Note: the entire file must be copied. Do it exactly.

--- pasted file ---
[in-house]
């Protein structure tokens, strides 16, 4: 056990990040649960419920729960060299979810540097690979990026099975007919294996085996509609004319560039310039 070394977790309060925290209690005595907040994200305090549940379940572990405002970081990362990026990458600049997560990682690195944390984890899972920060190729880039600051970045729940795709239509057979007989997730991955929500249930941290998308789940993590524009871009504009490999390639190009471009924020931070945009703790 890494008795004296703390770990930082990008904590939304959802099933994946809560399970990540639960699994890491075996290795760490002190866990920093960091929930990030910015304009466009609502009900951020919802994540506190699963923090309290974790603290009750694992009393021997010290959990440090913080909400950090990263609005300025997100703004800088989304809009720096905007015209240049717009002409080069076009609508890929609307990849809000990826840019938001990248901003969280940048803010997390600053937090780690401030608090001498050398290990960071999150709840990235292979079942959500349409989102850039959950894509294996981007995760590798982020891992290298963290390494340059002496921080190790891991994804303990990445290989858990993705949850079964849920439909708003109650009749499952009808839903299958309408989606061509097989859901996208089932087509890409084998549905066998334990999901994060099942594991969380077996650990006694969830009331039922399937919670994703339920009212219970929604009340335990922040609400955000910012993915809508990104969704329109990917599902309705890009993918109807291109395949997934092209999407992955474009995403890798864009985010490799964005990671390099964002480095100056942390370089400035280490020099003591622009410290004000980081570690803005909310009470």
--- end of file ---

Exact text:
[in-house]
């Protein structure tokens, strides 16, 4: 056990990040649960419920729960060299979810540097690979990026099975007919294996085996509609004319560039310039 070394977790309060925290209690005595907040994200305090549940379940572990405002970081990362990026990458600049997560990682690195944390984890899972920060190729880039600051970045729940795709239509057979007989997730991955929500249930941290998308789940993590524009871009504009490999390639190009471009924020931070945009703790 890494008795004296703390770990930082990008904590939304959802099933994946809560399970990540639960699994890491075996290795760490002190866990920093960091929930990030910015304009466009609502009900951020919802994540506190699963923090309290974790603290009750694992009393021997010290959990440090913080909400950090990263609005300025997100703004800088989304809009720096905007015209240049717009002409080069076009609508890929609307990849809000990826840019938001990248901003969280940048803010997390600053937090780690401030608090001498050398290990960071999150709840990235292979079942959500349409989102850039959950894509294996981007995760590798982020891992290298963290390494340059002496921080190790891991994804303990990445290989858990993705949850079964849920439909708003109650009749499952009808839903299958309408989606061509097989859901996208089932087509890409084998549905066998334990999901994060099942594991969380077996650990006694969830009331039922399937919670994703339920009212219970929604009340335990922040609400955000910012993915809508990104969704329109990917599902309705890009993918109807291109395949997934092209999407992955474009995403890798864009985010490799964005990671390099964002480095100056942390370089400035280490020099003591622009410290004000980081570690803005909310009470």